Calvin Harris is on a roll (pardon the pun). With this track, he continues to bring together artists you might not have expected to hear together over warm, bouncy production that is a far cry from his past of big room EDM. Khalid reaffirms his place as a musician to keep an eye on, with an insanely catchy hook that’s a perfect fit for this beat, while Future brings his signature melodic flow and warbly vocals to keep the danceability quotient high. If you’d told me a couple of months back that I’d be heaping such high praise on a Calvin Harris song, I’d laugh; but here we are.

#2. Wildfire by blink-182

Ah, 90s bands that attempt a comeback. They’re always hit-or-miss, and for a while it seemed blink-182 would fall on the side of the misses, which might’ve been a little saddening (All the Small Things is still a great song). But Wildfire is a pretty great track – it’s got the relentless energy of classic blink, but with production and vocals that sound like a band realizing they grew up. Here’s to them finding their place in a new musical landscape.

#3. Shreddy Krueger by MANWOLVES

It’s rare to find a band that makes rap work with live instrumentation – but when it does work, it can make for pretty great music. MANWOLVES takes instrumentation you wouldn’t expect backing most rappers – trumpets and percussion that’s more snares than deep kicks or hi hats. The vocals aren’t the focus – this is truly a band. With that said, they sound at home with the production, and the hook makes for a good sing-along. They might not be the next Twenty One Pilots yet, but MANWOLVES are worth your time.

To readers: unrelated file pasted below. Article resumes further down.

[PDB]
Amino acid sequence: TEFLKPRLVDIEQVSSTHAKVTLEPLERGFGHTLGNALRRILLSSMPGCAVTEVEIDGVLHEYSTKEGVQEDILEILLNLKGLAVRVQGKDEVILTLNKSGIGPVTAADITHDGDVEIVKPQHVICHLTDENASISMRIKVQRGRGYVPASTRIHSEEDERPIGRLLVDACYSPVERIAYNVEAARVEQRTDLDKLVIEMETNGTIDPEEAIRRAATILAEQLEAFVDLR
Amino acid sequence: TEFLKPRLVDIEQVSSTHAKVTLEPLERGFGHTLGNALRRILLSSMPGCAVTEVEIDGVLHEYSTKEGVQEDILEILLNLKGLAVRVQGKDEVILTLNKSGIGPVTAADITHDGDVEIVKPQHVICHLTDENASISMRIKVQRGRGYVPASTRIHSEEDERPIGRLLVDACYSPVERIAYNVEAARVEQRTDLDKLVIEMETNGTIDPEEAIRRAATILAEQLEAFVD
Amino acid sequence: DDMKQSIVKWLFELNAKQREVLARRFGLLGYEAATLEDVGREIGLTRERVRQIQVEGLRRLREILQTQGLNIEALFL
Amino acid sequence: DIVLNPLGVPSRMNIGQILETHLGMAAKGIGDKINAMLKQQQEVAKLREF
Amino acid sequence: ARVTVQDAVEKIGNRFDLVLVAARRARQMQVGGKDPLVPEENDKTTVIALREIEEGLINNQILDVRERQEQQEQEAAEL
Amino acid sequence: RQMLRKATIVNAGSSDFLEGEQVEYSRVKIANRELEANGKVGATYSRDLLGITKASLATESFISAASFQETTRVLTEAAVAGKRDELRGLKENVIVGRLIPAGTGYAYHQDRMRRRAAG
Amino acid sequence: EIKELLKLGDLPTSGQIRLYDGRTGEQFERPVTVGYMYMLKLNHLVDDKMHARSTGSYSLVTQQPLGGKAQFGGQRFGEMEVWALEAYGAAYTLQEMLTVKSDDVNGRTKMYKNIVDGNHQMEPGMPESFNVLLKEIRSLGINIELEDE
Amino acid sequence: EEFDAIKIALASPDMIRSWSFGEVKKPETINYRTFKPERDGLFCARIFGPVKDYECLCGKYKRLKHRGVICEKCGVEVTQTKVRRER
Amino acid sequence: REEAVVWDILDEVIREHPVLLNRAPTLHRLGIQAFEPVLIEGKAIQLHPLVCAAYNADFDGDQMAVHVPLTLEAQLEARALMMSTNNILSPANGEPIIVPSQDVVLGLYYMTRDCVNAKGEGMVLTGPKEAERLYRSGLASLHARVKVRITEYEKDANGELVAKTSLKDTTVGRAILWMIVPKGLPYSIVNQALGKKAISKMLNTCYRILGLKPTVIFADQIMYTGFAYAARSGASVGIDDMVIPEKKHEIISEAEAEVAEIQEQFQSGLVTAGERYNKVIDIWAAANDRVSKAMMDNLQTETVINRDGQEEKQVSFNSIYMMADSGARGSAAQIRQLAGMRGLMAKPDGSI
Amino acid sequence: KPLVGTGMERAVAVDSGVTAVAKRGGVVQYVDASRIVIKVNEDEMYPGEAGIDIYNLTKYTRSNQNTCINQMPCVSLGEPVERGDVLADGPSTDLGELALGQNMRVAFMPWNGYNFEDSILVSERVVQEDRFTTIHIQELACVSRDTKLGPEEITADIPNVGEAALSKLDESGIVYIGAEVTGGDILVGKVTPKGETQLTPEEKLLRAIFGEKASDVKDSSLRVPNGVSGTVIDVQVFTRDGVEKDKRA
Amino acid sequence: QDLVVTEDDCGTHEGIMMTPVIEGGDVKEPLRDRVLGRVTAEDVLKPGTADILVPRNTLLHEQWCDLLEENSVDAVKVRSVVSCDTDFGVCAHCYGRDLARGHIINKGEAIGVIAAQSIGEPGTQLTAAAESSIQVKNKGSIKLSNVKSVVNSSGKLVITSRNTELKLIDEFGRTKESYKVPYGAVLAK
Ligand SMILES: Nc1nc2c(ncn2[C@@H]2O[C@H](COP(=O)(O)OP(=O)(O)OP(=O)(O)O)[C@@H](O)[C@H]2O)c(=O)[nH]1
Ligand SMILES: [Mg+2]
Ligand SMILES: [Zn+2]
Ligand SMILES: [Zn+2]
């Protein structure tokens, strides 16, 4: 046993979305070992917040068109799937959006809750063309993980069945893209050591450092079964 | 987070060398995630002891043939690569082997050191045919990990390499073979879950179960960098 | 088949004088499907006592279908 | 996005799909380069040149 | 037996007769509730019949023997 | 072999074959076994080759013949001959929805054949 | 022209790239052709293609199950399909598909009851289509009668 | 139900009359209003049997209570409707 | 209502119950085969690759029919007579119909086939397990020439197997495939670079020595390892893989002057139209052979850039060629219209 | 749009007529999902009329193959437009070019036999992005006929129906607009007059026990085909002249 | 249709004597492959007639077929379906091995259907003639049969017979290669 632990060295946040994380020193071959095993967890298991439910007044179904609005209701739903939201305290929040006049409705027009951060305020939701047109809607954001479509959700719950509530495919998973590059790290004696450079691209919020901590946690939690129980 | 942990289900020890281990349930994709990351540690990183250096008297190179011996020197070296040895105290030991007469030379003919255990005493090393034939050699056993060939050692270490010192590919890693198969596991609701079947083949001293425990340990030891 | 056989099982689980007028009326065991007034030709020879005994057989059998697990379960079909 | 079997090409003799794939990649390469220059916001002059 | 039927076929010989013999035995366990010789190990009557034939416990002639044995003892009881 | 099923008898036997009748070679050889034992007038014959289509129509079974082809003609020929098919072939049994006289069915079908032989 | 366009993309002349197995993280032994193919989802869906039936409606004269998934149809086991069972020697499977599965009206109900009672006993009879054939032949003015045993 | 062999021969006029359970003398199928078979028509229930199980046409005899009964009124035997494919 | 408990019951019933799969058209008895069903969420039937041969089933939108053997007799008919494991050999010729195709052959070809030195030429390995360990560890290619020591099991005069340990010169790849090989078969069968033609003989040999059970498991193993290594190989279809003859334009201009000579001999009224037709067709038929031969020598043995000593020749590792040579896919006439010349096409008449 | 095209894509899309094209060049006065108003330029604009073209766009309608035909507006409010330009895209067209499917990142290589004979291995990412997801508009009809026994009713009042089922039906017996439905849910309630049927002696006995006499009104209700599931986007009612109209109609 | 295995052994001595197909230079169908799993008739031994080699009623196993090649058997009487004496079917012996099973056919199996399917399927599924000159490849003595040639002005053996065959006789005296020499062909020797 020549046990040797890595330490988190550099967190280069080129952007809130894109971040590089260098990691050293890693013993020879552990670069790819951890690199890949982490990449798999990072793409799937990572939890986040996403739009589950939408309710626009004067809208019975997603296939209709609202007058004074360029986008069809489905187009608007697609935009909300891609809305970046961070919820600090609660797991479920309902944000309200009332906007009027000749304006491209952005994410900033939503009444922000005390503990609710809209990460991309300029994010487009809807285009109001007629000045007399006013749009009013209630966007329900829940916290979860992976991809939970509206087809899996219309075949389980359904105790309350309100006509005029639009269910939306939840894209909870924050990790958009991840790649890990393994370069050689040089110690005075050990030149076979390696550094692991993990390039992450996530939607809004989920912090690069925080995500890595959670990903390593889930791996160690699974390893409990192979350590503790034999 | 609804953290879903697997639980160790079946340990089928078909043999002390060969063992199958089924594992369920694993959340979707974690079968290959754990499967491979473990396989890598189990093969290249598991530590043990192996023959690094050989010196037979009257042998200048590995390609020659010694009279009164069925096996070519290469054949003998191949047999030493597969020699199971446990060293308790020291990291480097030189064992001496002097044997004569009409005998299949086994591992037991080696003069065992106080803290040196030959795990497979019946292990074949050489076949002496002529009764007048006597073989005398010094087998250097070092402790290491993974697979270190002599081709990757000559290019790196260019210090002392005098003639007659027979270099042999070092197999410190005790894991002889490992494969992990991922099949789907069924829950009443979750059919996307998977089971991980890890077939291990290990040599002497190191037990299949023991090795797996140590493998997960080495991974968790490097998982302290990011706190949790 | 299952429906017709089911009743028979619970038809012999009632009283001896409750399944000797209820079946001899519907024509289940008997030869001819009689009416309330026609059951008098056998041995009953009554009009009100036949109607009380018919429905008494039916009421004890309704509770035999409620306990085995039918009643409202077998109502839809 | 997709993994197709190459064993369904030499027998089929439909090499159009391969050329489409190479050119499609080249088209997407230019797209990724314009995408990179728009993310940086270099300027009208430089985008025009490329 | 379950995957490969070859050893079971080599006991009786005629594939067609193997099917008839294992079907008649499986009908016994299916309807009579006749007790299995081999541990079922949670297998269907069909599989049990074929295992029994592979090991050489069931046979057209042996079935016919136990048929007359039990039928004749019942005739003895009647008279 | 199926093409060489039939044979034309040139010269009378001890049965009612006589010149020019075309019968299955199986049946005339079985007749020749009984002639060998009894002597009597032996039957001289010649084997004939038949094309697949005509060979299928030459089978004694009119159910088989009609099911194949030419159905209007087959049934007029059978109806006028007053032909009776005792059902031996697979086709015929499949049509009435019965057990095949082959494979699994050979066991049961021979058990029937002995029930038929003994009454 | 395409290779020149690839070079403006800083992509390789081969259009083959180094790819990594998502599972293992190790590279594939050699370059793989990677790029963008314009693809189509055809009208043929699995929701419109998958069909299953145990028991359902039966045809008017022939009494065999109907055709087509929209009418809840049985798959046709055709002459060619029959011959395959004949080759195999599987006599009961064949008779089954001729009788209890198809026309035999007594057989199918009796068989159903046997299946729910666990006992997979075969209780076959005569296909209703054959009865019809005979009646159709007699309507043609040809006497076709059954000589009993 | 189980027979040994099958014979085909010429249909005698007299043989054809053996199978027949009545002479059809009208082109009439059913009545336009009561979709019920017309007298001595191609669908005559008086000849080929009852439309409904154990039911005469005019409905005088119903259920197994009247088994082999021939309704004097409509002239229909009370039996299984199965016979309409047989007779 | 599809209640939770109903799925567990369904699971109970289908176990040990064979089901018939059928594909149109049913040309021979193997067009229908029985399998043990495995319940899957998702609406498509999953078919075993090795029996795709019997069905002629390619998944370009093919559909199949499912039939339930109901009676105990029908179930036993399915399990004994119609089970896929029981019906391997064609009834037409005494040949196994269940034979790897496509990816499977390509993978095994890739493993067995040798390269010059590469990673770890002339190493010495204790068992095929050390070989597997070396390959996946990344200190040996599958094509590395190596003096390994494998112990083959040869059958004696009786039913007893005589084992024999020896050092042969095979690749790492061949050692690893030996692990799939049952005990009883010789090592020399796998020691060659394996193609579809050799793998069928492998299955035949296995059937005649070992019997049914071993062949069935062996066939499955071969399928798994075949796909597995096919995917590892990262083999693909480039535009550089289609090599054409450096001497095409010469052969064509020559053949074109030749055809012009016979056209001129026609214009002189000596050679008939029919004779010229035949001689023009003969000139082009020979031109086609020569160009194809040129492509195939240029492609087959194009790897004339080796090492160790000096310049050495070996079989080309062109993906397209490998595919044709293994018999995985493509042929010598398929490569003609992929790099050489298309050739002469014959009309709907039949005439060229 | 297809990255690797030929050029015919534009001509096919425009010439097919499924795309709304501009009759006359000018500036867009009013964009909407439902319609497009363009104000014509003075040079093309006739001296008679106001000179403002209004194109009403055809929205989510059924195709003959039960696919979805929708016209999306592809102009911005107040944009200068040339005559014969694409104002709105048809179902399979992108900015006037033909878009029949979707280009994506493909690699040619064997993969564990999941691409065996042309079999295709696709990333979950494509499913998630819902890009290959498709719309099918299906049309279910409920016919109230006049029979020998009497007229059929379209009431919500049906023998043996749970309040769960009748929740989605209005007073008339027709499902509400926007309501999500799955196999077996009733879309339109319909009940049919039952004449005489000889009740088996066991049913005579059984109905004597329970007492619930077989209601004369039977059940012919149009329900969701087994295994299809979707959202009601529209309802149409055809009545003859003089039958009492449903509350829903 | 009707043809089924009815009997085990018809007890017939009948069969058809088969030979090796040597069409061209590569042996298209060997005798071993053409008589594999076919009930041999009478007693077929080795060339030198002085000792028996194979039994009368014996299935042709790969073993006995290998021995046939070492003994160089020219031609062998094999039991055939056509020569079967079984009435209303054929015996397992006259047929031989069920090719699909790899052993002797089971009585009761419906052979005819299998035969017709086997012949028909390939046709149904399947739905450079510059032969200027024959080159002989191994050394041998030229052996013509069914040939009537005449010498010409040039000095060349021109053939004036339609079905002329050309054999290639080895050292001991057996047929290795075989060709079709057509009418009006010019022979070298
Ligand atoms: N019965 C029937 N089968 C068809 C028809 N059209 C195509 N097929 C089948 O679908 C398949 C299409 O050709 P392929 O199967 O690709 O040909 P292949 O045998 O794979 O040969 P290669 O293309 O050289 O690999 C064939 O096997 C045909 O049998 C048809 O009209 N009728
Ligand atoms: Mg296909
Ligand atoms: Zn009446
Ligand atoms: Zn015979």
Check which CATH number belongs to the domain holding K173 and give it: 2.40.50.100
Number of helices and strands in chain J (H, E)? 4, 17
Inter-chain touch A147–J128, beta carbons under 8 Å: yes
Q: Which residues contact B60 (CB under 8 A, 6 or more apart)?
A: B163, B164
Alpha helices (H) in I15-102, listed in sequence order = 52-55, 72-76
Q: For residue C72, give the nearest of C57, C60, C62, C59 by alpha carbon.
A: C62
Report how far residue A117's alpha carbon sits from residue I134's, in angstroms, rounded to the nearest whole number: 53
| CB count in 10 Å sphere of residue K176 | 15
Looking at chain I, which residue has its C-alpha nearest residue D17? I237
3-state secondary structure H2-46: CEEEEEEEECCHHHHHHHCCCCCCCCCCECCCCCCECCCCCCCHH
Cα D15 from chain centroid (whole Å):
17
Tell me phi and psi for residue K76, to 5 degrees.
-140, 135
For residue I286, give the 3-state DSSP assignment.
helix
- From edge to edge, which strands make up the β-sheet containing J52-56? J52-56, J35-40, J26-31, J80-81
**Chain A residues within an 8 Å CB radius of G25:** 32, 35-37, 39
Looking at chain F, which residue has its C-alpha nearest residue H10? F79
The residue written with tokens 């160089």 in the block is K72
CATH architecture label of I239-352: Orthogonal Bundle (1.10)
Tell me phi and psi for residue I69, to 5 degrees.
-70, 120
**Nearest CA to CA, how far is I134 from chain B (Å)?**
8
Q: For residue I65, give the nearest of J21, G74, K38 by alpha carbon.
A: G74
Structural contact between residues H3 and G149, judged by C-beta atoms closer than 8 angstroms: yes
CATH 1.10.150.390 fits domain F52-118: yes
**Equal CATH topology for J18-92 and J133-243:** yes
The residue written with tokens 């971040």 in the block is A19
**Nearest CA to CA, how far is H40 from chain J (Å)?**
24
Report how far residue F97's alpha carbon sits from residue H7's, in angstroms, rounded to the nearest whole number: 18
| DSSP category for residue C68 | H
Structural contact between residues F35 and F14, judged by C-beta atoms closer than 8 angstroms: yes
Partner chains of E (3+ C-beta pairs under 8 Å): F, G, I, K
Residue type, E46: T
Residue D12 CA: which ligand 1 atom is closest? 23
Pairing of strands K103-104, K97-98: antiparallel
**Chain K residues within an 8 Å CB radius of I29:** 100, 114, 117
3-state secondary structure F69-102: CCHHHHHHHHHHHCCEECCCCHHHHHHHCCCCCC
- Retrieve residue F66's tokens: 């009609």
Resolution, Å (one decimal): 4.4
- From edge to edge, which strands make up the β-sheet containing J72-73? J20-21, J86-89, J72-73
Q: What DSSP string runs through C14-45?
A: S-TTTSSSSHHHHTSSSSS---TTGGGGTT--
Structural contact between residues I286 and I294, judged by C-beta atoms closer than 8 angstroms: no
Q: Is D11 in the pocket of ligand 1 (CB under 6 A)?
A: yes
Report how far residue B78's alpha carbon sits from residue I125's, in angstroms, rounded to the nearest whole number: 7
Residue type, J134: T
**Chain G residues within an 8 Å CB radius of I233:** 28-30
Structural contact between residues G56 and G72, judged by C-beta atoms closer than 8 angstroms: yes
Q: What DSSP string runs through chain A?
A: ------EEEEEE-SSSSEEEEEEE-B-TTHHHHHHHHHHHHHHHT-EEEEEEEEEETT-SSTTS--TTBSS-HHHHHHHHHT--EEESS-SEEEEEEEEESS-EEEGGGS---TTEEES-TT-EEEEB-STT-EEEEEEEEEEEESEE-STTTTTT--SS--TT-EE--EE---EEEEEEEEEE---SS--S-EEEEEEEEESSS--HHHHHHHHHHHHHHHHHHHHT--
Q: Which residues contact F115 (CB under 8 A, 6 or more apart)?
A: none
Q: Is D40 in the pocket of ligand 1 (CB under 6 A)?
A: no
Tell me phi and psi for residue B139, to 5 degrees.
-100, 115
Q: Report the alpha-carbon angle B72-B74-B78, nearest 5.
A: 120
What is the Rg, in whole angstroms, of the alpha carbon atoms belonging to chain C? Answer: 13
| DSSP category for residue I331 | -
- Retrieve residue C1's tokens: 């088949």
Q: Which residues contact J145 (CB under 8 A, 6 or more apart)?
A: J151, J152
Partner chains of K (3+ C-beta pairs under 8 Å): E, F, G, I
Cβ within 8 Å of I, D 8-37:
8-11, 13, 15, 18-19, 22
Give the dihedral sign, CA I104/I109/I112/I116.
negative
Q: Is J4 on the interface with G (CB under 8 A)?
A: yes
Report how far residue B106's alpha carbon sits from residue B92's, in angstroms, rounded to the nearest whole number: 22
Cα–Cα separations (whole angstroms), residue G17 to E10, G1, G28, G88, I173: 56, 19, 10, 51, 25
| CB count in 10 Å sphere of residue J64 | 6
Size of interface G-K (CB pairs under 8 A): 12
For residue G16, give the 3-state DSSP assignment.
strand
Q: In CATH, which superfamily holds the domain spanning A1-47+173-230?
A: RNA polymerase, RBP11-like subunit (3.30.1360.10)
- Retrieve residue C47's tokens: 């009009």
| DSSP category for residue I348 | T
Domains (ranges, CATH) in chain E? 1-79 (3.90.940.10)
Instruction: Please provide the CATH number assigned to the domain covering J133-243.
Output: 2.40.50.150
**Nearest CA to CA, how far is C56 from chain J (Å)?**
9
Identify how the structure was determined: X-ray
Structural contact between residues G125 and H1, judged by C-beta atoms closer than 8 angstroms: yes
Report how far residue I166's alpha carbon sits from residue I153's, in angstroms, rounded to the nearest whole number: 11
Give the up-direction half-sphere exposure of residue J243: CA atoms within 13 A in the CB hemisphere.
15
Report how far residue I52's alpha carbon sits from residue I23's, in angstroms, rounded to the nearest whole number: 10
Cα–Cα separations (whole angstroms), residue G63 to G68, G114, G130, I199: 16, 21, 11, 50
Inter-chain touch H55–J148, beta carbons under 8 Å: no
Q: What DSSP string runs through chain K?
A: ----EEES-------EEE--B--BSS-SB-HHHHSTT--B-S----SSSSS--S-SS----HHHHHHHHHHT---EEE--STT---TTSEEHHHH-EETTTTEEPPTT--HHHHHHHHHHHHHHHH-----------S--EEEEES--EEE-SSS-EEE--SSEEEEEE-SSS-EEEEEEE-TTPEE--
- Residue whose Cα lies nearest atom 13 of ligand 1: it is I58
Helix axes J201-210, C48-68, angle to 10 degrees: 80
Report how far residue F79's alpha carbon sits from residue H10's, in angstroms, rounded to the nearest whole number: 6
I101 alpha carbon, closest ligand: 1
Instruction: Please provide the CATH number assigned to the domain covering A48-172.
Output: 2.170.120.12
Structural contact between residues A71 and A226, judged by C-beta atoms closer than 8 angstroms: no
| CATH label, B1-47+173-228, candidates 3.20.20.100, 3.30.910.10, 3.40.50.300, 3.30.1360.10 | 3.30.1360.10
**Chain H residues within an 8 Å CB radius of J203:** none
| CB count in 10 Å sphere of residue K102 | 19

#4. Whatever It Takes by Imagine Dragons

It’s hard to call Imagine Dragons great – their hits are inconsistent, and not particularly outstanding musically. But every once in a while, they put out songs that are inescapable – epic tracks with anthemic hooks and rousing production. Whatever It Takes is such a record – Dan Reynolds is an accomplished vocalist who knows exactly what the song requires from him, and the electronic-tinged instrumental drives the powerful pre-chorus and chorus to soaring high. They may not make the most innovative music, but they definitely make some of the most memorable mainstream electro-rock.

#5. The System Only Dreams in Total Darkness by The National

It’s been a while since The National put out new music, and it seems like something’s changed in the intermediary years – The System Only Dreams In Total Darkness seems to leave behind the subdued, atmospheric sound of Trouble Will Find Me for a more aggressive, driven sound. Even Matt Berninger’s signature one-liners sound more purposeful – The National seem to have a more definite path ahead, as opposed to the melancholy abstractness of their previous work. I cannot explain it any other way.

 

 

 

Five Songs for the Weekend – VI

Five Songs for the Weekend – V

#1. call the police  by LCD Soundsystem